Thursday, 23 June 2016 11:46
By Jeremy Ray
A construction company observed an exposed electrical line protruding out of the ground at one of its residential properties. The construction company notified an electrical company about the exposed electrical line. The construction and electrical companies each denied responsibility for the exposed electrical line and offered contrasting evidence at the trial as to the source of the exposure.
At trial, the electrical company introduced photographic evidence that its employee took when he went to the property to view the damage and assess what repair work was needed. The construction company claimed that it did not have any reason to, and did not, excavate on the property during the year leading up to the discovery of the exposed electrical line. The construction company claimed that it did not have any excavation equipment at the property when the electrical line became exposed. The construction company asserted that the electrical line became exposed because the electrical company dug a trench too shallow and repeated freezing and thawing caused the shallow line to surface.
The court awarded the electrical company damages and fees. The construction company sought reversal of the judgment on the basis that the electrical company failed to prove its case or alternatively, requested the court to reopen the case to receive additional evidence. The court overruled the motion and the construction company appealed.
Sufficient evidence to support the finding
The construction company claimed there was no competent evidence that it excavated and/or caused any damage to the electrical company’s utility line. The construction company reiterated its factual arguments presented at trial in the appeal. The construction company argued that the facts presented during the trial established that no one saw the construction company or its agents excavate on the property, no one saw any excavation on the property, and there was no reason for the construction company to be excavating on the property during the relevant time period. The electrical company’s witness testified that, based upon his 10 years of experience, he believed the line was exposed by excavation. The electrical company offered into evidence photographs its witness took showing a pile of PVC conduit pipe at the base of the transformer and an excavator.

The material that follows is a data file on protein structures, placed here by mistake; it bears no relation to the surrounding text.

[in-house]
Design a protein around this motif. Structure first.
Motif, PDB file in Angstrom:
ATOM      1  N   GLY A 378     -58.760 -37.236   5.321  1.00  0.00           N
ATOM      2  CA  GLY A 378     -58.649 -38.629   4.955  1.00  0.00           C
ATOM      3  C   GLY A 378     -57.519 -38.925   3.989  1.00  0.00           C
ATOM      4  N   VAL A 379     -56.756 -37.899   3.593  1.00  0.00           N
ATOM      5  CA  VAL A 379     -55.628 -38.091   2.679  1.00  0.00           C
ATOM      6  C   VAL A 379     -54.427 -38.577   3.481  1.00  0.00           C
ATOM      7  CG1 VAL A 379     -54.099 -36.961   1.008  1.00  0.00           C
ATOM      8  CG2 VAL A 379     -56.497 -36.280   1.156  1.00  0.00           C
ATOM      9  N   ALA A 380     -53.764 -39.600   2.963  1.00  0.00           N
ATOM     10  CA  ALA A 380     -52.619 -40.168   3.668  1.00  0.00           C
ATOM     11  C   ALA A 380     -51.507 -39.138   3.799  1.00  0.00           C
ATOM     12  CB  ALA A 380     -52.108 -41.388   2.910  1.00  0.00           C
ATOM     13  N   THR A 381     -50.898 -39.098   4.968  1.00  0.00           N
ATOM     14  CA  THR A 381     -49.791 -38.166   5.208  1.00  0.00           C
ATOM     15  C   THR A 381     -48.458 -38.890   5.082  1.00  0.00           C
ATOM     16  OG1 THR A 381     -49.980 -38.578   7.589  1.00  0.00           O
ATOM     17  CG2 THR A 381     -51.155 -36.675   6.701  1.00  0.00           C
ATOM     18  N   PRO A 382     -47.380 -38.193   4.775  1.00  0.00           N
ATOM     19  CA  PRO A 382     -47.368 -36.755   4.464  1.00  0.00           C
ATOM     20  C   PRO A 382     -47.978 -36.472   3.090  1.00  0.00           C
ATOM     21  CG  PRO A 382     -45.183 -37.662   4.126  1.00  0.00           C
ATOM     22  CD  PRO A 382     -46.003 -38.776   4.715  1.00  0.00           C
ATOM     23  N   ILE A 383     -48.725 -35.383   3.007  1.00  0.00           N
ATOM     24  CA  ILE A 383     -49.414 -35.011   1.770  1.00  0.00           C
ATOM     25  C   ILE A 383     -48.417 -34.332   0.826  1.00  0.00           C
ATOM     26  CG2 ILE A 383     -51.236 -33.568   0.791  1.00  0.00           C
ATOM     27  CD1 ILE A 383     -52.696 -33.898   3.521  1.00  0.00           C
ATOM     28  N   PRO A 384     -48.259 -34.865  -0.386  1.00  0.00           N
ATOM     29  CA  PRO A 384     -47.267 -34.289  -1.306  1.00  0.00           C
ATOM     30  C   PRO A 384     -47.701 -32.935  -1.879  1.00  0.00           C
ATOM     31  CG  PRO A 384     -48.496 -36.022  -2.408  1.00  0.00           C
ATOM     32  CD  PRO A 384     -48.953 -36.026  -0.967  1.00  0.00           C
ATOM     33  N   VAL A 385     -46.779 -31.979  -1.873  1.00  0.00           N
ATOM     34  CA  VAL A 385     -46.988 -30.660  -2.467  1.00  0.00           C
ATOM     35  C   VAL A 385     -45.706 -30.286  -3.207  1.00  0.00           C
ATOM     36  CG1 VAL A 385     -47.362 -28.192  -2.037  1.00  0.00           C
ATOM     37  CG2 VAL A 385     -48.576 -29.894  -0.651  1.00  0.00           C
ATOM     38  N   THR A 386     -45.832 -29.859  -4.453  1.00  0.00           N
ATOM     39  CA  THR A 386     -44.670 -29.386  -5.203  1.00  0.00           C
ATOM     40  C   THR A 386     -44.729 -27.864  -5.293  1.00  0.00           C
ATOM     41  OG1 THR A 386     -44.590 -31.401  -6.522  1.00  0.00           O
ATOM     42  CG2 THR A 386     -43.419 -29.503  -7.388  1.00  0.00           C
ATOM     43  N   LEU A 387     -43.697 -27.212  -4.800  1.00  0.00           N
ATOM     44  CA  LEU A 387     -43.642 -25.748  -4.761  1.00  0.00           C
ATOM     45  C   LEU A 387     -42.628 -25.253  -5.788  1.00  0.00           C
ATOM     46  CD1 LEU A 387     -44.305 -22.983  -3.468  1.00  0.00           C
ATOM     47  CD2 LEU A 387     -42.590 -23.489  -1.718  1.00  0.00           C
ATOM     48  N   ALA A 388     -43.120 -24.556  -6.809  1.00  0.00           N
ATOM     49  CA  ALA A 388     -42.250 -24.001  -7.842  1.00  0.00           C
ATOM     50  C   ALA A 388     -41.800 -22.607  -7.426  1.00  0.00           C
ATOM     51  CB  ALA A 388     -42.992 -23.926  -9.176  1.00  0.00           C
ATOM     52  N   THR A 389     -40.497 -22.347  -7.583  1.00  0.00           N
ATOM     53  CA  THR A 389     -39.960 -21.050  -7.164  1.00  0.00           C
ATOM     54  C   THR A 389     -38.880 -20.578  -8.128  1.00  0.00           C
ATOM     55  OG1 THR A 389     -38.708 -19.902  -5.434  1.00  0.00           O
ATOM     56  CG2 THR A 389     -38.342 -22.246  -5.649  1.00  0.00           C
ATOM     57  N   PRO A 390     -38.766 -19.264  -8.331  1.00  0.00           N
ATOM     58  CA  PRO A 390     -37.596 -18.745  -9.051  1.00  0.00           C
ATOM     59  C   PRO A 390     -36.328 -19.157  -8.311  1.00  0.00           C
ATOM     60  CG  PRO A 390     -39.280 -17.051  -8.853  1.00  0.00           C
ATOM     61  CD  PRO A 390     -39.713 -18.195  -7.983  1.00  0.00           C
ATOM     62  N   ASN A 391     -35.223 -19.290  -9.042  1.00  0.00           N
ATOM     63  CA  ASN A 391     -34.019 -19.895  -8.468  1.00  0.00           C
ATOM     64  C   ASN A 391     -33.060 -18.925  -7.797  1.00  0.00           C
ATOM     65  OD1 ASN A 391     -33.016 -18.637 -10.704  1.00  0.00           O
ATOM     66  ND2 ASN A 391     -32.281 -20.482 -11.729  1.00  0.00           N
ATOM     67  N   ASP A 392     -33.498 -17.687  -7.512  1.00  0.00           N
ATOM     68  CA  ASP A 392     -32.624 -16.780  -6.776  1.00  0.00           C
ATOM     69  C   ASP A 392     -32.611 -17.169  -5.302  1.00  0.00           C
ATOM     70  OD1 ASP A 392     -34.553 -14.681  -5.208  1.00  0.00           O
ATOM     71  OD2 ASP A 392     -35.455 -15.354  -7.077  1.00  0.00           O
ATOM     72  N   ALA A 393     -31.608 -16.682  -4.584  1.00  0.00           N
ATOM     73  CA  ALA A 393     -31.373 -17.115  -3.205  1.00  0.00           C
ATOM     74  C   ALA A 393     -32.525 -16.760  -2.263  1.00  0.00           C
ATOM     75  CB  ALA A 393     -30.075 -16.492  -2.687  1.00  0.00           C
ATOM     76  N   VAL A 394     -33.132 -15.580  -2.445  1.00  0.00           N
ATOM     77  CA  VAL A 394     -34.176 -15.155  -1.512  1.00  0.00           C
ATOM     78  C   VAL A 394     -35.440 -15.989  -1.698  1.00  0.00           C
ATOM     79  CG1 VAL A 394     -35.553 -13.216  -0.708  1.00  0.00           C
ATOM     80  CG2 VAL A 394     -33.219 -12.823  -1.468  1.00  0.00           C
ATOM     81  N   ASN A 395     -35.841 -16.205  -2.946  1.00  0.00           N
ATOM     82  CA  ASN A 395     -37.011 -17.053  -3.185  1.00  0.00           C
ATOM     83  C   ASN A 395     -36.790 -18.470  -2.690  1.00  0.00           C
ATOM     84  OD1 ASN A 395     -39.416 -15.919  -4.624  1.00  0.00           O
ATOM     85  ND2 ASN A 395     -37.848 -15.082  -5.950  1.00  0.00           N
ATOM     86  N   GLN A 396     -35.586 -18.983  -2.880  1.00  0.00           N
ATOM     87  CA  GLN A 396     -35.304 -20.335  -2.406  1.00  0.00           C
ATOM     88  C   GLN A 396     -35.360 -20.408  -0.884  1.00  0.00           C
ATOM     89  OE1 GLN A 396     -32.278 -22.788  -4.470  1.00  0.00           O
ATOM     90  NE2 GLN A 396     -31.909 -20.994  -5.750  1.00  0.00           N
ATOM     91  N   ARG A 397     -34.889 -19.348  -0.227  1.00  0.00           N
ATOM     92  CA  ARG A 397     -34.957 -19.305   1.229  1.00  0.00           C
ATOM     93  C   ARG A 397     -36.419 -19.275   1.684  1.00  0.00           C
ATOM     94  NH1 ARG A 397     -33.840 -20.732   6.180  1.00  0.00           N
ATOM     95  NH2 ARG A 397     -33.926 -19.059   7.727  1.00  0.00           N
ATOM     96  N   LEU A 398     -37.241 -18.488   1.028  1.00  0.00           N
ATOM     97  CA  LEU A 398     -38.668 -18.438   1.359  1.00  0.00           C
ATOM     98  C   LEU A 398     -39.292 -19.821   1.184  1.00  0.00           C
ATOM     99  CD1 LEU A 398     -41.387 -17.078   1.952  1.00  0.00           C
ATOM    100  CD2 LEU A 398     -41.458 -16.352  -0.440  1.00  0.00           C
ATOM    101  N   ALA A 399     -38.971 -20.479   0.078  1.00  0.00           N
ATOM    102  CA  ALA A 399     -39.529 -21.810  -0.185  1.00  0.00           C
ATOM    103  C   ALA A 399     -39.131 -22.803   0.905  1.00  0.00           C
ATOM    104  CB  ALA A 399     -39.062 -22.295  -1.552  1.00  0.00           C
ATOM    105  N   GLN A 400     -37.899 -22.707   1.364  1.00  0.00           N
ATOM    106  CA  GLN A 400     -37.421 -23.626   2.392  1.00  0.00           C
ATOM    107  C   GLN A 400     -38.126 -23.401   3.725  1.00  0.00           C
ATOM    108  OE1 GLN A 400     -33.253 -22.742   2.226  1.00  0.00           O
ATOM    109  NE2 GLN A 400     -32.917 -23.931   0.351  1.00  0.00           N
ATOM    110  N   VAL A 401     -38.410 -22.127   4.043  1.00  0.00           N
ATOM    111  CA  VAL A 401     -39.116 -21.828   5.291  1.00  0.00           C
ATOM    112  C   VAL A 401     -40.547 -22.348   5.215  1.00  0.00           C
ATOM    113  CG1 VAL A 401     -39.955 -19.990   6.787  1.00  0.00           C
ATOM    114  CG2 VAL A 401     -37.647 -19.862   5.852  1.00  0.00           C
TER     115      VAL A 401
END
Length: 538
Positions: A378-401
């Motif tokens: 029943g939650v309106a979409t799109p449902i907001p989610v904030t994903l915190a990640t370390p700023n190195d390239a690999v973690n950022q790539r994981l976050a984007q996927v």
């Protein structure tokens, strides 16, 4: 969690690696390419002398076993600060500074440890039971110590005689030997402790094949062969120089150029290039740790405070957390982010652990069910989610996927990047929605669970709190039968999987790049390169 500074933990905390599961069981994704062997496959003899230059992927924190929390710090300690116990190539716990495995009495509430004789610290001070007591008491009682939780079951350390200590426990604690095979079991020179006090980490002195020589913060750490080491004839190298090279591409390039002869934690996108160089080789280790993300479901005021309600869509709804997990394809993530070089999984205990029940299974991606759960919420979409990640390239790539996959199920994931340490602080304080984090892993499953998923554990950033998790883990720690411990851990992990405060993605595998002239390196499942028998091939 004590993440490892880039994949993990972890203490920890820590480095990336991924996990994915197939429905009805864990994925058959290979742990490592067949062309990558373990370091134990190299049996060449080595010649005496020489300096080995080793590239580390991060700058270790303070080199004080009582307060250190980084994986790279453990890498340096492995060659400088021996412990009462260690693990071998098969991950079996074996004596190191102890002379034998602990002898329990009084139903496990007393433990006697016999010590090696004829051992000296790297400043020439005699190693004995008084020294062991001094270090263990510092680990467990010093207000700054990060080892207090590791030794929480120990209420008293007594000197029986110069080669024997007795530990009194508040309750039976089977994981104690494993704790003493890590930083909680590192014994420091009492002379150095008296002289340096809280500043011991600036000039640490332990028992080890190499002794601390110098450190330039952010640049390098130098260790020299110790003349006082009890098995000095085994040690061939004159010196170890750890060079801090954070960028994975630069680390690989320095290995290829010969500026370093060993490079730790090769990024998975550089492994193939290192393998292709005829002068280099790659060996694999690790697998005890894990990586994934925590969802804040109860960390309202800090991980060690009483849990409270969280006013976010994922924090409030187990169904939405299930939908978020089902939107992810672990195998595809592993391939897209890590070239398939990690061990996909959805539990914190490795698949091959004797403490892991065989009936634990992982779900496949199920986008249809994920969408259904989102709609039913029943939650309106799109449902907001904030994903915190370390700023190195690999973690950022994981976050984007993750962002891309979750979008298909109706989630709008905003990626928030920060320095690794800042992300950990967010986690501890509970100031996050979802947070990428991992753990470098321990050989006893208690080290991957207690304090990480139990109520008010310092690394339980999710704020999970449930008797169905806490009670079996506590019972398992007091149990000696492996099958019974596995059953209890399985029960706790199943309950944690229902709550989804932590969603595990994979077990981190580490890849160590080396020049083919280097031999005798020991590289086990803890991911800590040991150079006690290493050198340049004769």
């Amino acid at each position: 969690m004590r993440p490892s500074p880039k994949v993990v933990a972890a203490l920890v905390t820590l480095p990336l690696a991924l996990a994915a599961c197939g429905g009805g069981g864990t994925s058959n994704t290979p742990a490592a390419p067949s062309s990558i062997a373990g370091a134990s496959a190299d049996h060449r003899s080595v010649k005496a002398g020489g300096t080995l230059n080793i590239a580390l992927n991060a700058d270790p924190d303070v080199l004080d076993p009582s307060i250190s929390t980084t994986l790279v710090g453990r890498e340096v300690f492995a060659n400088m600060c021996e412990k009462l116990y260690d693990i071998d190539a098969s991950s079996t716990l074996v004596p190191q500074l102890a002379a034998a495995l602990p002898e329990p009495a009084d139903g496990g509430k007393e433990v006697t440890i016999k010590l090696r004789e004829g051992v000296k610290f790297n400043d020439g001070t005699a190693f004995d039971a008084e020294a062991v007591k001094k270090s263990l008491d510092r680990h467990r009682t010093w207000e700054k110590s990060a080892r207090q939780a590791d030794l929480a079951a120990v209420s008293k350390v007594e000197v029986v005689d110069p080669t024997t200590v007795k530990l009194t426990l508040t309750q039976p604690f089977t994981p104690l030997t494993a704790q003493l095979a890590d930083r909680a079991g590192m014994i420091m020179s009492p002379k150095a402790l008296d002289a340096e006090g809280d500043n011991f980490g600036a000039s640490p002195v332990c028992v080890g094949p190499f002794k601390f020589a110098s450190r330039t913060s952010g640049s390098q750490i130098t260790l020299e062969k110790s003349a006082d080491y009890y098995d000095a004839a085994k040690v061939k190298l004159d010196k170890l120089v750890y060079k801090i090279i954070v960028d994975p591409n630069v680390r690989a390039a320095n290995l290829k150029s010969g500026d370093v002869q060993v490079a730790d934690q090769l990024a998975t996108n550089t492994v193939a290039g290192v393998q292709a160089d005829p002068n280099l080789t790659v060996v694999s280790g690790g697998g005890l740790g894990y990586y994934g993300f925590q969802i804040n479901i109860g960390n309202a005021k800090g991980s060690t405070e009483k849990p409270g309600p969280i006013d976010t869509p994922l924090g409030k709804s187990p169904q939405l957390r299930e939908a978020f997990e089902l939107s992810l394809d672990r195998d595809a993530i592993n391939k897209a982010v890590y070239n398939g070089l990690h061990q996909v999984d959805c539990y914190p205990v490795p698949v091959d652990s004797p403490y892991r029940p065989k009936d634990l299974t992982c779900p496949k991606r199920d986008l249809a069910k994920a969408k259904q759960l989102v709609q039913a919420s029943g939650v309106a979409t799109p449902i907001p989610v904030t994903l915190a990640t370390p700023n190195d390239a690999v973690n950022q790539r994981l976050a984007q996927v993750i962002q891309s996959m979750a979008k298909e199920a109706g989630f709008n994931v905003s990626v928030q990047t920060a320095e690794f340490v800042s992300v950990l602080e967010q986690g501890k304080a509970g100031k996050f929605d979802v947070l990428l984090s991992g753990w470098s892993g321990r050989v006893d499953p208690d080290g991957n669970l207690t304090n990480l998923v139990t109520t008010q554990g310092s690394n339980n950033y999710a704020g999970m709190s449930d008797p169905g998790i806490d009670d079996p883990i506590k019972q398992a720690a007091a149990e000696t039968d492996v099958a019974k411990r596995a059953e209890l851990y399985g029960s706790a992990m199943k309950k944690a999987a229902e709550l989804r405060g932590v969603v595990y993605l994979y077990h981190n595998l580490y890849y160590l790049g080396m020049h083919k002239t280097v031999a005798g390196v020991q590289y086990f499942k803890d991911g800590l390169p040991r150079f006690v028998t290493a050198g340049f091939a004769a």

The appellate court recognized that the trial court was presented with conflicting evidence as to which party was the owner of the bobcat or skid-loader in the photograph, conflicting evidence as to which party was responsible for the excavation and damage to the line. The trial court was free to, and evidently did, find that the electrical company’s testimony was more credible than the construction company’s testimony. The appellate court deferred to the trial court’s factual findings as issue of witness credibility and the weight of the evidence was within the purview of the trial court. The appellate court did not reweigh the evidence.
The construction company seeks to clarify certain evidence
The construction company contended that the trial court erred in overruling its motion for a new trial because the additional proffered evidence was critically material to the merits of the construction company’s defense and would not unfairly prejudice the electrical company. The construction company sought to present additional testimony to refute or clarify certain evidence that was presented at trial and to “make a better record” on other issues. The construction company sought to introduce additional evidence that it did not own the PVC pipe piled up at the base of the transformer and the pipes were actually the same type the electrical company would use to fix a broken line. The construction company further sought to introduce additional testimony to establish that the electric service was never interrupted at the property. The construction company believed that this evidence would establish that it had no motive for reporting the exposed line.
The construction company argued that when there is no inconvenience to the court, nor unfair advantage to the offering party, it is an abuse of discretion for the court to refuse to reopen the case for additional evidence that might substantially affect the merits of the case. The court found that the construction company had ample opportunity to present the additional evidence during trial that it sought to present in the appeal. The appellate court noted that courts cannot reopen cases merely because a party has a change of heart regarding the importance of evidence it chose not to introduce when it first had the opportunity to do so.
The construction company did not claim the additional evidence was “newly discovered evidence.” The construction company merely sought to present additional evidence that could have been presented during trial. The appellate court affirmed the trial court’s rejection of the construction company’s request to introduce additional evidence. The trial court’s refusal to consider this evidence was not an abuse of discretion. The appellate court affirmed the trial court’s judgment of liability and denied the construction company’s motion to appeal.